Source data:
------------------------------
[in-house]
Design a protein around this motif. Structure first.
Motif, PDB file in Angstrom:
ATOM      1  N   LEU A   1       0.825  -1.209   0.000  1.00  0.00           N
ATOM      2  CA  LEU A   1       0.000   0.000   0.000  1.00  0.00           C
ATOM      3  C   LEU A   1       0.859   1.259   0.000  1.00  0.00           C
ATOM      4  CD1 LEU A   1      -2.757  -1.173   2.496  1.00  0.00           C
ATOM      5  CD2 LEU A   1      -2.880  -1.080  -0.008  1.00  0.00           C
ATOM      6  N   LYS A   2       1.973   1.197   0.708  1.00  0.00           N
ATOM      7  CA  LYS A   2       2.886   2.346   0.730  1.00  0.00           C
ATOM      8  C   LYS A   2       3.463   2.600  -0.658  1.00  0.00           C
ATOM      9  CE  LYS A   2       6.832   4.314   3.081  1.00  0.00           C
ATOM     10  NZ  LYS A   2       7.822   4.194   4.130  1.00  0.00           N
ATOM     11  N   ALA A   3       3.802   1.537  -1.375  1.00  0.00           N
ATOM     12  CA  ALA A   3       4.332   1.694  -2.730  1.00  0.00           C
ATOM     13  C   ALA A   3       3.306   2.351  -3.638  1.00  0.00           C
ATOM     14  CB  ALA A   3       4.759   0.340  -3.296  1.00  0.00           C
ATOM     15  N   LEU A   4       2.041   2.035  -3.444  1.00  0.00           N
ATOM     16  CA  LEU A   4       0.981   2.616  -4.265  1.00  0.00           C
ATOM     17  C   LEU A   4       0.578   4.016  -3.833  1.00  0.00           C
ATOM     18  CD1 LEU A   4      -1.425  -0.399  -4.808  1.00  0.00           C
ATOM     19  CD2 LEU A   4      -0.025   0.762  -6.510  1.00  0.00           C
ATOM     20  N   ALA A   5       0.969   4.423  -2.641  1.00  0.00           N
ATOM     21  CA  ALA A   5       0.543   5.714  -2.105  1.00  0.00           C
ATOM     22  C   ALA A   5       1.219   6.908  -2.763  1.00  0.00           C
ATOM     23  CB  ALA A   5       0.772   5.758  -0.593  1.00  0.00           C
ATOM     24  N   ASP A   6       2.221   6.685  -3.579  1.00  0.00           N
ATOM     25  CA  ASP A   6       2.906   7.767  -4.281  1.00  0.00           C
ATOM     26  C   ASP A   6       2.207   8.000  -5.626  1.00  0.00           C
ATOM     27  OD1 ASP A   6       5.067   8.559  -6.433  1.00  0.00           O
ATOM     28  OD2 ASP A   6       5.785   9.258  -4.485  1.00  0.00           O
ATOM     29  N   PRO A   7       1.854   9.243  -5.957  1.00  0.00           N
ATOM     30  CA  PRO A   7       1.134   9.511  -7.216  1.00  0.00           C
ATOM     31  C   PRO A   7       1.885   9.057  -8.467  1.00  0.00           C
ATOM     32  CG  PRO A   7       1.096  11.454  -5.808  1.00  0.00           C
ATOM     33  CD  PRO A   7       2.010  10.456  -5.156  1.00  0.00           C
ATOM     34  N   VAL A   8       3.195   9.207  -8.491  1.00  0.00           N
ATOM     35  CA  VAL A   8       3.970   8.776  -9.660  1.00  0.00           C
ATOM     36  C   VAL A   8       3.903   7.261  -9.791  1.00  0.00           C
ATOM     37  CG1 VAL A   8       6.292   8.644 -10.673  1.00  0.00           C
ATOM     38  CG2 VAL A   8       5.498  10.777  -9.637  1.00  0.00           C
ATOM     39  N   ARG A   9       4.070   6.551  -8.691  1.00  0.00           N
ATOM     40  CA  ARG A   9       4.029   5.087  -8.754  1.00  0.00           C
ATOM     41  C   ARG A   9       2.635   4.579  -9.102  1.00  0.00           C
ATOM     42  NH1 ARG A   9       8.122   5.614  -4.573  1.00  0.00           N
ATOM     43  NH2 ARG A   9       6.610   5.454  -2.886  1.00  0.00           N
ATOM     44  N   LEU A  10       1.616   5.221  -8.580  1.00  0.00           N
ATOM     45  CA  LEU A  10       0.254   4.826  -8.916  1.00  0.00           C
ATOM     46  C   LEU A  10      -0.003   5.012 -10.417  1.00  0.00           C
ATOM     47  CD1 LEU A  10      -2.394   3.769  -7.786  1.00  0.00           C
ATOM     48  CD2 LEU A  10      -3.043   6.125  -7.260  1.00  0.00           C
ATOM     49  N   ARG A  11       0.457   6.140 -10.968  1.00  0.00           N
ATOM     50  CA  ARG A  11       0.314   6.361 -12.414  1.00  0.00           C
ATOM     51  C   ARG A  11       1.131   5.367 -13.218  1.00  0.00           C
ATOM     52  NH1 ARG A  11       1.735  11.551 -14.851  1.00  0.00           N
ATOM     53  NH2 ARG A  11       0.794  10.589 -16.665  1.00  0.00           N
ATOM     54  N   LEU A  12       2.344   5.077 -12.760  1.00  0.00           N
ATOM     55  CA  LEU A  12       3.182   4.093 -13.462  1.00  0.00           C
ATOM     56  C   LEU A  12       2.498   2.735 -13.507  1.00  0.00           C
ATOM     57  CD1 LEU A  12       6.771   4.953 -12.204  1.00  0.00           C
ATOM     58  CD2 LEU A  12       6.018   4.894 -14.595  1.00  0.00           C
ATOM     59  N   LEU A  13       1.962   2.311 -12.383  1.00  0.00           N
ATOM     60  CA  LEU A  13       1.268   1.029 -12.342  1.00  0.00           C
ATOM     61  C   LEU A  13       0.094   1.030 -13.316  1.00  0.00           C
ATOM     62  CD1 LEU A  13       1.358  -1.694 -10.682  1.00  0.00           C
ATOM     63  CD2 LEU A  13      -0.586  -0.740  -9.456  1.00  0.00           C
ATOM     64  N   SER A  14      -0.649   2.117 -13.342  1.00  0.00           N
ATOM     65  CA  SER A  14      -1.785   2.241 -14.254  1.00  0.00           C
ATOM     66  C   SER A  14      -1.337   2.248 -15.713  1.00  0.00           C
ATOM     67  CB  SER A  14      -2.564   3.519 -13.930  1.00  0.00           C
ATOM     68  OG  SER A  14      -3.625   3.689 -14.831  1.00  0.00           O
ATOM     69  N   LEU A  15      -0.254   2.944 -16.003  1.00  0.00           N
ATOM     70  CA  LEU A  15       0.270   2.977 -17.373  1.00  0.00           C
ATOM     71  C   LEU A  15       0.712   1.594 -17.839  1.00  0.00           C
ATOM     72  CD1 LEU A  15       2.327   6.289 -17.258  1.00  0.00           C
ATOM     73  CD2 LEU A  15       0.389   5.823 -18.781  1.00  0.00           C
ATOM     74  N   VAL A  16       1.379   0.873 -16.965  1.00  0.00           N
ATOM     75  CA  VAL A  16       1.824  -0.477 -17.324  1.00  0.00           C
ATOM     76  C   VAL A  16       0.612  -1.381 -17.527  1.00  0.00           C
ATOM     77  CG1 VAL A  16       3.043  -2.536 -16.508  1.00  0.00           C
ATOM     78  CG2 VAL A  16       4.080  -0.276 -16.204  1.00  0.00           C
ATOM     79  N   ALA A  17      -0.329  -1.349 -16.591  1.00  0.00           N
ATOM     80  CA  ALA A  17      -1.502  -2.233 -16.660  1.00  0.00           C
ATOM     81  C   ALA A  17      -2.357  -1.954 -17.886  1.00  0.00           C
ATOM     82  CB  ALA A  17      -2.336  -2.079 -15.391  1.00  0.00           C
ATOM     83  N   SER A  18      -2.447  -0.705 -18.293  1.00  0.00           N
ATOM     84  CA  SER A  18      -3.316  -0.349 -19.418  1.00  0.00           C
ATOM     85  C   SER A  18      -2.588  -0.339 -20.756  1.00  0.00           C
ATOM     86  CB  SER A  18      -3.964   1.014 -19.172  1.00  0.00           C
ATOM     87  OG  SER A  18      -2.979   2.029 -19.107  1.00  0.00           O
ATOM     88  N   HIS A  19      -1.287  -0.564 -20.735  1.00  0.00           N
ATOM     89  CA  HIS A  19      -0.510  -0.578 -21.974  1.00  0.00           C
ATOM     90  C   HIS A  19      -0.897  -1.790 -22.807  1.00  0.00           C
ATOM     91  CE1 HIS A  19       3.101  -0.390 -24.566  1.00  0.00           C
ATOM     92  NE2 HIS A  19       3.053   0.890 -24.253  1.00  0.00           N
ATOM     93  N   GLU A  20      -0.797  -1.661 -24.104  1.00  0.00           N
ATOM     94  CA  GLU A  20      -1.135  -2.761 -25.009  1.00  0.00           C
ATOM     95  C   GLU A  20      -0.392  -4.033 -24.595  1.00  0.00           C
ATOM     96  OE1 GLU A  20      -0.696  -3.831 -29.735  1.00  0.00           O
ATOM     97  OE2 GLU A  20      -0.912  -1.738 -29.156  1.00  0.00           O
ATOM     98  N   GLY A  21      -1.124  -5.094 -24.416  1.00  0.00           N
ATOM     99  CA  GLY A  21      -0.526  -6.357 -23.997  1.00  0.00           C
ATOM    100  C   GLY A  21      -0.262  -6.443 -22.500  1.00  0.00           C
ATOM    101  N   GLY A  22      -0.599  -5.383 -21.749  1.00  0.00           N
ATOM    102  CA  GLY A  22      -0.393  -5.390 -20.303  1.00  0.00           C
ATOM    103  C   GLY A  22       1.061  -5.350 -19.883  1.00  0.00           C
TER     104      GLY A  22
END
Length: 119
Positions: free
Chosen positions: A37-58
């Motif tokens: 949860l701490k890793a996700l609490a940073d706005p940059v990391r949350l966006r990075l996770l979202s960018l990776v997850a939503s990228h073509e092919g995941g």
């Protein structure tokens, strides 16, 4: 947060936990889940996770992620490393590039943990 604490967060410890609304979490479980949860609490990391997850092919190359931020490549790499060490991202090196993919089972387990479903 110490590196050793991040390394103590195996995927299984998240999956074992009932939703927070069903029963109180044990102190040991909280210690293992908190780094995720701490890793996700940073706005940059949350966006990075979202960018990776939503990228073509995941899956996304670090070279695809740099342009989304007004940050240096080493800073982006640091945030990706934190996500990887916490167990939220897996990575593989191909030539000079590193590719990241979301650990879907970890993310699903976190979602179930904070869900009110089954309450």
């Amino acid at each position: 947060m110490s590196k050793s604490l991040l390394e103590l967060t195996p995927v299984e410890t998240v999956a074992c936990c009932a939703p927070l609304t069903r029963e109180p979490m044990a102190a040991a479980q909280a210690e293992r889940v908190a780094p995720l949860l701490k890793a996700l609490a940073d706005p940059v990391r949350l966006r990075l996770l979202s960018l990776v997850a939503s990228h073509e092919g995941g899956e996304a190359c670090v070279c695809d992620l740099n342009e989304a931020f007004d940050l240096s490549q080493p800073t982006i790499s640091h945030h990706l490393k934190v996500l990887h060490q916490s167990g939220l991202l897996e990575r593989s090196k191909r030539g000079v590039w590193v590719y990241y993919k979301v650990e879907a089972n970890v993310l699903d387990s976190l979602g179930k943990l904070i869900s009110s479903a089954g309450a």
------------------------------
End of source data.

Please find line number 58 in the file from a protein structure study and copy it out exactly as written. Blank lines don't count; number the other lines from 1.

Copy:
ATOM     55  CA  LEU A  12       3.182   4.093 -13.462  1.00  0.00           C